Risk Factors

One has an increased risk of acquiring syphilis if they engage in high-risk sexual activity, including unprotected sex, sex with multiple partners, having sex with a new partner, or having sex under the influence of drugs or alcohol, are a man who has sex with men or are infected with the human immunodeficiency virus (HIV). The more sexual partners that one has, the more likely they are to get syphilis or another sexually transmitted disease (STD). Even if one has had syphilis and been treated for it previously, they can get it again (Risk factors, 2008).

Management

Traditional Chinese Medicine (TCM) uses a unique system in order to diagnose and cure illness. The TCM philosophy is fundamentally different from that of Western medicine. In TCM, the perceptive of the human body is based on the holistic understanding of the universe as described in Daoism, and the treatment of illness is based primarily on the diagnosis and differentiation of syndromes (Introduction to TCM, n.d.).

TCM treats zang-fu organs as the center of the human body. Tissue and organs are linked through a network of channels and blood vessels inside the body. Qi (or Chi) acts as a transporter of information that is expressed externally through jingluo system. A dysfunction of the zang-fu organs is often reflected on the body surface through the network, and diseases of body surface tissues may also affect their related zang or fu organs. Affected zang or fu organs may also affect each other through internal connections. Treatment with Traditional Chinese medicine starts with the analysis of the entire system, and then focuses on the correction of pathological changes through readjusting the functions of the zang-fu organs (Introduction to TCM, n.d.).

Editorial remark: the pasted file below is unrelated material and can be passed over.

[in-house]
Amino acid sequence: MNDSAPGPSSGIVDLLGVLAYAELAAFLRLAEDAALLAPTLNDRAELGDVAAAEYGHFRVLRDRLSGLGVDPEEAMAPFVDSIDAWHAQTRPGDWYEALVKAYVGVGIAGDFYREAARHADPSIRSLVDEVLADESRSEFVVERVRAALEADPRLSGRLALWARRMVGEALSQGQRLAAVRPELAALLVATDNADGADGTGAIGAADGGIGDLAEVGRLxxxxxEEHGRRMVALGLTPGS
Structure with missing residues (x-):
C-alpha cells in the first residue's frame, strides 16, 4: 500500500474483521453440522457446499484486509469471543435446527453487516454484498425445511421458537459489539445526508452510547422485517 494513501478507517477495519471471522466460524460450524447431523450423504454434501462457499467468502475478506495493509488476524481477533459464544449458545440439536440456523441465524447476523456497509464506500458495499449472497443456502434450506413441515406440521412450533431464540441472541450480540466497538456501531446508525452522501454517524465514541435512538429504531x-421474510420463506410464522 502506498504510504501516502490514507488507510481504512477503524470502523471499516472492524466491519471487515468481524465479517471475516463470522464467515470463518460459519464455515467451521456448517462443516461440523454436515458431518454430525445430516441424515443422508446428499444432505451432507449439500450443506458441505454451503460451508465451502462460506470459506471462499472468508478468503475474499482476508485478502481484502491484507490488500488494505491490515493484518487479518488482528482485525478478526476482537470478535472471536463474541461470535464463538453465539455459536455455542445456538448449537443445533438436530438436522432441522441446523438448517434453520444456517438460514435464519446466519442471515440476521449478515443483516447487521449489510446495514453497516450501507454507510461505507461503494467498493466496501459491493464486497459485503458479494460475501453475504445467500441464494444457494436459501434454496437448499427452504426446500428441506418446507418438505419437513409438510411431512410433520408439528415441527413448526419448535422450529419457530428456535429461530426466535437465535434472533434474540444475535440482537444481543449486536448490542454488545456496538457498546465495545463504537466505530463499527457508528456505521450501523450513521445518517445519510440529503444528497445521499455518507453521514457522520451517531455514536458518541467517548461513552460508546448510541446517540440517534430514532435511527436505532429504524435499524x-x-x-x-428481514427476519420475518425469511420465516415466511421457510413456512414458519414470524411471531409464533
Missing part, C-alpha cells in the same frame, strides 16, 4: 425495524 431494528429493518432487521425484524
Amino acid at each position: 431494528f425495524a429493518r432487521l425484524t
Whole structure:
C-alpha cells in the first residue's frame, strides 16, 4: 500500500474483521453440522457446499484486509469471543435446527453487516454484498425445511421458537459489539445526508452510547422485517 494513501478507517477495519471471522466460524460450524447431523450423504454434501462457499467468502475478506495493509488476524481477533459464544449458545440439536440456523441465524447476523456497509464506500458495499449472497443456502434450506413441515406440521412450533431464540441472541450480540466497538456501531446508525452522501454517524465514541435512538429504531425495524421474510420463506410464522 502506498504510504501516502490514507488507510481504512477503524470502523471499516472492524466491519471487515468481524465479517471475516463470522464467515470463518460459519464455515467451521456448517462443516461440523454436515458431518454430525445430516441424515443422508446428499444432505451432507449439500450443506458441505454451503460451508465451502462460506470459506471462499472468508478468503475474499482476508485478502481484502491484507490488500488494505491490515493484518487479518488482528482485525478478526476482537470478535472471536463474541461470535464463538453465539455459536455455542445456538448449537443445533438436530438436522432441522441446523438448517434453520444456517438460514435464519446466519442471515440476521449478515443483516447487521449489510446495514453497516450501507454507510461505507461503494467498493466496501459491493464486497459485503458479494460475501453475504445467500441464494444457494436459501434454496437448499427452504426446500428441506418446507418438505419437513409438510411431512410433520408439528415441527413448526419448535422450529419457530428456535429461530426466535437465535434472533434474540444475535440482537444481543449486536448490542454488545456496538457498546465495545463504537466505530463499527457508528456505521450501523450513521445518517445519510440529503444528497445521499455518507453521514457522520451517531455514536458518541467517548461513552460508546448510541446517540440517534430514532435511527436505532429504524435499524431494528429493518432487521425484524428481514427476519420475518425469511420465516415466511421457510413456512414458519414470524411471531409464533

Accumulated Toxin of Bayberry Sore refers to phase ? syphilis, mainly manifested by the typical symptoms of nodular skin rashes or mucosal and skeletal Syphiloma. Infantile Remnant Toxin refers to placental syphilis. It is believed in Chinese medicine that Bayberry Sore is mainly caused by infection of essence transformation, in which the toxin takes the advantage of deficiency of the liver and kidney to invade the interior during ejaculation in sexual contact with the patient with syphilis, or by infection of qi transformation, in which the toxin transmits inwards via the lung and spleen meridians in contact with the dirty toxin, or by infection of toxin in the fetus due to transmission of the toxin from the body of the mother. Once infected by pathogenic factors, the toxins can be accumulated in the internal organs and manifested externally on the skin to cause this disease (Introduction to TCM, n.d.).